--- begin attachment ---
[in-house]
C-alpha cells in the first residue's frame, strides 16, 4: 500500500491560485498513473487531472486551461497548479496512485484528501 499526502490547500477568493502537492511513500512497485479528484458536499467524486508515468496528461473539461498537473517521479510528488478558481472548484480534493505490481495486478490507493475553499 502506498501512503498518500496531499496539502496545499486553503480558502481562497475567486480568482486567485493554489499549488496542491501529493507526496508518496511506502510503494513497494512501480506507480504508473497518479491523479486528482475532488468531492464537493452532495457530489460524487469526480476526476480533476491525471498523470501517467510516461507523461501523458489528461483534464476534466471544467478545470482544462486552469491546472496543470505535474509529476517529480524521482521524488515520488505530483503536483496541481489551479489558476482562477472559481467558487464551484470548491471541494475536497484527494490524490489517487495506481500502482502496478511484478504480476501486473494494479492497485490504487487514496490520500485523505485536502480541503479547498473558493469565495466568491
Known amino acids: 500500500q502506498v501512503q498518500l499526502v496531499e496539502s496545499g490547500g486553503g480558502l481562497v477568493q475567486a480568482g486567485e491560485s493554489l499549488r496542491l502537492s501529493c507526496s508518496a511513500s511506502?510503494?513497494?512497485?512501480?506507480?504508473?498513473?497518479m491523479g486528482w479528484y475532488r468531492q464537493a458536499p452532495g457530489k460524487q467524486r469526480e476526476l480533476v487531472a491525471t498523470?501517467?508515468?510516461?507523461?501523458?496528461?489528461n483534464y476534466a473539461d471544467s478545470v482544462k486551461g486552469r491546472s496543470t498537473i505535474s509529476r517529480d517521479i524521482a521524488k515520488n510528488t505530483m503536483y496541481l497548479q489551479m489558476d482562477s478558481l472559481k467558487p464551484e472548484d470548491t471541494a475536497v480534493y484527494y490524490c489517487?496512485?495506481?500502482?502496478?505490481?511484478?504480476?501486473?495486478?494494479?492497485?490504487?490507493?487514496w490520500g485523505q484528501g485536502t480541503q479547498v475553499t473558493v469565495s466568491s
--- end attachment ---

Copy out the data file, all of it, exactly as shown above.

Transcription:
[in-house]
C-alpha cells in the first residue's frame, strides 16, 4: 500500500491560485498513473487531472486551461497548479496512485484528501 499526502490547500477568493502537492511513500512497485479528484458536499467524486508515468496528461473539461498537473517521479510528488478558481472548484480534493505490481495486478490507493475553499 502506498501512503498518500496531499496539502496545499486553503480558502481562497475567486480568482486567485493554489499549488496542491501529493507526496508518496511506502510503494513497494512501480506507480504508473497518479491523479486528482475532488468531492464537493452532495457530489460524487469526480476526476480533476491525471498523470501517467510516461507523461501523458489528461483534464476534466471544467478545470482544462486552469491546472496543470505535474509529476517529480524521482521524488515520488505530483503536483496541481489551479489558476482562477472559481467558487464551484470548491471541494475536497484527494490524490489517487495506481500502482502496478511484478504480476501486473494494479492497485490504487487514496490520500485523505485536502480541503479547498473558493469565495466568491
Known amino acids: 500500500q502506498v501512503q498518500l499526502v496531499e496539502s496545499g490547500g486553503g480558502l481562497v477568493q475567486a480568482g486567485e491560485s493554489l499549488r496542491l502537492s501529493c507526496s508518496a511513500s511506502?510503494?513497494?512497485?512501480?506507480?504508473?498513473?497518479m491523479g486528482w479528484y475532488r468531492q464537493a458536499p452532495g457530489k460524487q467524486r469526480e476526476l480533476v487531472a491525471t498523470?501517467?508515468?510516461?507523461?501523458?496528461?489528461n483534464y476534466a473539461d471544467s478545470v482544462k486551461g486552469r491546472s496543470t498537473i505535474s509529476r517529480d517521479i524521482a521524488k515520488n510528488t505530483m503536483y496541481l497548479q489551479m489558476d482562477s478558481l472559481k467558487p464551484e472548484d470548491t471541494a475536497v480534493y484527494y490524490c489517487?496512485?495506481?500502482?502496478?505490481?511484478?504480476?501486473?495486478?494494479?492497485?490504487?490507493?487514496w490520500g485523505q484528501g485536502t480541503q479547498v475553499t473558493v469565495s466568491s